By David Galanter
How to Help with Loan Mods
Lead borrowers to better days by learning modification basics
Mortgage brokers around the country have been receiving phone calls from troubled
borrowers seeking advice about loan
modifications. In some cases, brokers
feel clueless about how to help. at
the same time, they don’t want to turn
down new business.
If this situation sounds familiar, the
following tips and guidance can help.
1. know the law and stay compliant.
For example, anyone other than a
lawyer is prohibited from charging
upfront fees in reference to loan
modifications. This rule was implemented by the Federal Trade Commission (F TC) and took effect earlier
this year. Under the law, fees can’t
be collected until homeowners receive and accept a written offer from
2. know the home affordable modification program (hamp) guidelines.
read about the program and educate yourself about its intricacies,
advantages and critics. For starters,
3. develop a complete understanding
of what constitutes a loan modification. put simply, a loan modification is a restructuring of an existing
loan. When considering loan modifications, lenders will re-examine
borrowers’ current financial picture.
In some cases, lenders may reduce
a loan’s interest rate, extend its
terms, forgive unpaid late fees or
grant a principal reduction. The
point of modifying mortgages is to
reduce a borrower’s monthly payment in response to some kind of
4. know what kind of hardships warrant a modification. The HaMp regulations provide guidelines on what
types of hardships will be considered for financial assistance. The list
includes loss of income and death
of an income earner. Interest-rate
increases resulting from adjustable-rate loans also may be cause for a
5. Learn how to begin helping troubled borrowers and understand
what they must do to get on the
right path. In most cases, you’ll
want to know the lender’s process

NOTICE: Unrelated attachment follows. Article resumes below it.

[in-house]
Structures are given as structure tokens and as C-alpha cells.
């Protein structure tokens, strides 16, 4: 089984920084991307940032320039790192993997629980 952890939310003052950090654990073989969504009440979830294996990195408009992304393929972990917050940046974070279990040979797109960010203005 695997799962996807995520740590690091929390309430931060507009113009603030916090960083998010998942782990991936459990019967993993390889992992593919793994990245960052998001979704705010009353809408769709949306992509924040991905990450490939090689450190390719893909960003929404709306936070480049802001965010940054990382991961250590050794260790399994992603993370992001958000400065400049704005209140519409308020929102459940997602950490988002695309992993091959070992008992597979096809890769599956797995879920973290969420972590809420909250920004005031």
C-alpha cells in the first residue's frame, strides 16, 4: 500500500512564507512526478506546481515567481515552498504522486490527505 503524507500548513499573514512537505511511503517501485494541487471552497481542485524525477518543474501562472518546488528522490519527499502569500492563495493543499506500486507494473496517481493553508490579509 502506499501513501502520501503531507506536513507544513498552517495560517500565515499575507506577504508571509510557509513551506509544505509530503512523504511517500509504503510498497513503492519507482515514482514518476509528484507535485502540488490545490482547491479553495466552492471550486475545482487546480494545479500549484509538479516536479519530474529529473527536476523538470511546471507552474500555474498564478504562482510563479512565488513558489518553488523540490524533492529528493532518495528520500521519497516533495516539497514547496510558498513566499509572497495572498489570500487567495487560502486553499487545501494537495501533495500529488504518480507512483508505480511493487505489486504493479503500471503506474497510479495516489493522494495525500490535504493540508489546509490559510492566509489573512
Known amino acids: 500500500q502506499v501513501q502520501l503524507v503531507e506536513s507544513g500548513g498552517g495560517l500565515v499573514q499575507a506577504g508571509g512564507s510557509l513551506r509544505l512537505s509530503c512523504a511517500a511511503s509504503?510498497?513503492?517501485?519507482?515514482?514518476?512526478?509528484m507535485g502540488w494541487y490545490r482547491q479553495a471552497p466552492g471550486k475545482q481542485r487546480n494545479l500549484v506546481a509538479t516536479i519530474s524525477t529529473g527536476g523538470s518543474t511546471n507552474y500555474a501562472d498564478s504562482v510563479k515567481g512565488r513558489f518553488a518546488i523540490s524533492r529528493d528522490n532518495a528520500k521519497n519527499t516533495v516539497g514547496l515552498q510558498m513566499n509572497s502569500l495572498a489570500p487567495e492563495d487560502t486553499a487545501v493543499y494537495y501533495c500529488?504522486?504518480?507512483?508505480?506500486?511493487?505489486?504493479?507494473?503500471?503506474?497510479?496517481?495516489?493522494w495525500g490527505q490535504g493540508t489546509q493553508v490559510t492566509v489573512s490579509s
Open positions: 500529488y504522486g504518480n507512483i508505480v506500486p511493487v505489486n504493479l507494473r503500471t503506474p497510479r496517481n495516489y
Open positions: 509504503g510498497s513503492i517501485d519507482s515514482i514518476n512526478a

for considering and approving modification requests.
as you begin helping borrowers with
their problem loans, you’ll get a better
grasp of the process and its steps.
These include the following seven
1. call the lender and inquire about
how it would like your client to proceed. Don’t divulge any details about
borrowers’ financials at this point.
2. if they qualify for hamp, have clients fill out an official request-for-modification affidavit.
3. help write a letter of hardship. This
should clearly describe why and
how the client fell behind on their
payments. Include a timeline of all
events related to the mortgage’s
delinquency and previous on-time
payments. This letter should be no
longer than one page.
4. collect supporting documentation.
This includes paystubs, bank statements, tax returns and the hardship
5. if a lender requires your clients to
fill out a separate modification-re-quest form — one specific to their
company — make sure your clients
do so in a timely fashion. also,
make sure to ask specifically if such
a form exists.
6. consult an attorney. This might not
always be necessary, depending
on how far behind your clients are
on their payments. In many cases,
clients should be able to receive a
free initial consultation from an at-
torney. If your clients have received
a sale date — indicating when the
lender intends to sell the property
to the highest bidder — recom-
mend they speak with an attor-
ney immediately. Sale dates can
usually be postponed if your cli-
ents are in review for a loan modi-
fication. attorneys can plead for
additional time or use other legal
tactics to help.
David Galanter, president of FreeMortgageFix.
com, is a veteran lawyer with a practice concentration in the areas of real estate finance, development, title and foreclosure, joint ventures,
acquisitions, dispositions, commercial leasing,
equity restructurings, and mortgage-loan
workouts for residential and commercial loans.
His work ranges from residential to commercial
transactions. past clientele include commercial
banks, developers, investors, equity participants, private lenders and others. For more info,
visit www.freemortgagefix.com. Contact him at
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